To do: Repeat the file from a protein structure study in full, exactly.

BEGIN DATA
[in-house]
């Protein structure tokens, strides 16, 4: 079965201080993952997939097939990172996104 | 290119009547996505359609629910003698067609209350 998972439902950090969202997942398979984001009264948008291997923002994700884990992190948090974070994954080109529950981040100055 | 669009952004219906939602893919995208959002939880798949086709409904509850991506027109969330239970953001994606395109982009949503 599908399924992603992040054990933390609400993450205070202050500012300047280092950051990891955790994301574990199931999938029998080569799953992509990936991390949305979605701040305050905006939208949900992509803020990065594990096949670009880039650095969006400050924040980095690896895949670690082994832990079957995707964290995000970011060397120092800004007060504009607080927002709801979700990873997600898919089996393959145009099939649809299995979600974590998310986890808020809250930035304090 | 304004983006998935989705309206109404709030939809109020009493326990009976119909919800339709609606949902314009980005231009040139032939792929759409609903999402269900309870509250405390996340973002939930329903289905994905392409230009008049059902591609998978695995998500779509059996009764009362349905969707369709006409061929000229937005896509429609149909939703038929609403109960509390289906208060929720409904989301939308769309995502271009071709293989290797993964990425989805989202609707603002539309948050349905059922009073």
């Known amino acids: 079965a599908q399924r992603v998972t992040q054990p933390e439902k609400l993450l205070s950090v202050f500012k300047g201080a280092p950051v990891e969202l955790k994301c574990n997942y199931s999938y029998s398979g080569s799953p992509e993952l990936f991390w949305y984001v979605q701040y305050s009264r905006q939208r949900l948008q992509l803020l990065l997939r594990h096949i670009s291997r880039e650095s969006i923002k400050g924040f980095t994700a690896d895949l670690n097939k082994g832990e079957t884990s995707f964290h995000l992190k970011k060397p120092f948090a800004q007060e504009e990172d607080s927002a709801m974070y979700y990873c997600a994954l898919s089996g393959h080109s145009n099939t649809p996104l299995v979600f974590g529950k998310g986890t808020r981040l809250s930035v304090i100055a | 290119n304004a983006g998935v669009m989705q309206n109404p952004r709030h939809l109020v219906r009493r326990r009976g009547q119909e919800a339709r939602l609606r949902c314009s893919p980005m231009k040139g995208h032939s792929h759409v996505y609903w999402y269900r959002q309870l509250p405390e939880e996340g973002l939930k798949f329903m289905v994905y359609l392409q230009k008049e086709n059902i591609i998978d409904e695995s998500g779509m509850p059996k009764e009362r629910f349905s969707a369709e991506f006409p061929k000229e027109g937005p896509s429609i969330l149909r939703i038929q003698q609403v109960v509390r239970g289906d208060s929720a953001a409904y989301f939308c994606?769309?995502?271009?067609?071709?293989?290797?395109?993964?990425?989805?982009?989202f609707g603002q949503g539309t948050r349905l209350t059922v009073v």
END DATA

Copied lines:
[in-house]
């Protein structure tokens, strides 16, 4: 079965201080993952997939097939990172996104 | 290119009547996505359609629910003698067609209350 998972439902950090969202997942398979984001009264948008291997923002994700884990992190948090974070994954080109529950981040100055 | 669009952004219906939602893919995208959002939880798949086709409904509850991506027109969330239970953001994606395109982009949503 599908399924992603992040054990933390609400993450205070202050500012300047280092950051990891955790994301574990199931999938029998080569799953992509990936991390949305979605701040305050905006939208949900992509803020990065594990096949670009880039650095969006400050924040980095690896895949670690082994832990079957995707964290995000970011060397120092800004007060504009607080927002709801979700990873997600898919089996393959145009099939649809299995979600974590998310986890808020809250930035304090 | 304004983006998935989705309206109404709030939809109020009493326990009976119909919800339709609606949902314009980005231009040139032939792929759409609903999402269900309870509250405390996340973002939930329903289905994905392409230009008049059902591609998978695995998500779509059996009764009362349905969707369709006409061929000229937005896509429609149909939703038929609403109960509390289906208060929720409904989301939308769309995502271009071709293989290797993964990425989805989202609707603002539309948050349905059922009073």
């Known amino acids: 079965a599908q399924r992603v998972t992040q054990p933390e439902k609400l993450l205070s950090v202050f500012k300047g201080a280092p950051v990891e969202l955790k994301c574990n997942y199931s999938y029998s398979g080569s799953p992509e993952l990936f991390w949305y984001v979605q701040y305050s009264r905006q939208r949900l948008q992509l803020l990065l997939r594990h096949i670009s291997r880039e650095s969006i923002k400050g924040f980095t994700a690896d895949l670690n097939k082994g832990e079957t884990s995707f964290h995000l992190k970011k060397p120092f948090a800004q007060e504009e990172d607080s927002a709801m974070y979700y990873c997600a994954l898919s089996g393959h080109s145009n099939t649809p996104l299995v979600f974590g529950k998310g986890t808020r981040l809250s930035v304090i100055a | 290119n304004a983006g998935v669009m989705q309206n109404p952004r709030h939809l109020v219906r009493r326990r009976g009547q119909e919800a339709r939602l609606r949902c314009s893919p980005m231009k040139g995208h032939s792929h759409v996505y609903w999402y269900r959002q309870l509250p405390e939880e996340g973002l939930k798949f329903m289905v994905y359609l392409q230009k008049e086709n059902i591609i998978d409904e695995s998500g779509m509850p059996k009764e009362r629910f349905s969707a369709e991506f006409p061929k000229e027109g937005p896509s429609i969330l149909r939703i038929q003698q609403v109960v509390r239970g289906d208060s929720a953001a409904y989301f939308c994606?769309?995502?271009?067609?071709?293989?290797?395109?993964?990425?989805?982009?989202f609707g603002q949503g539309t948050r349905l209350t059922v009073v």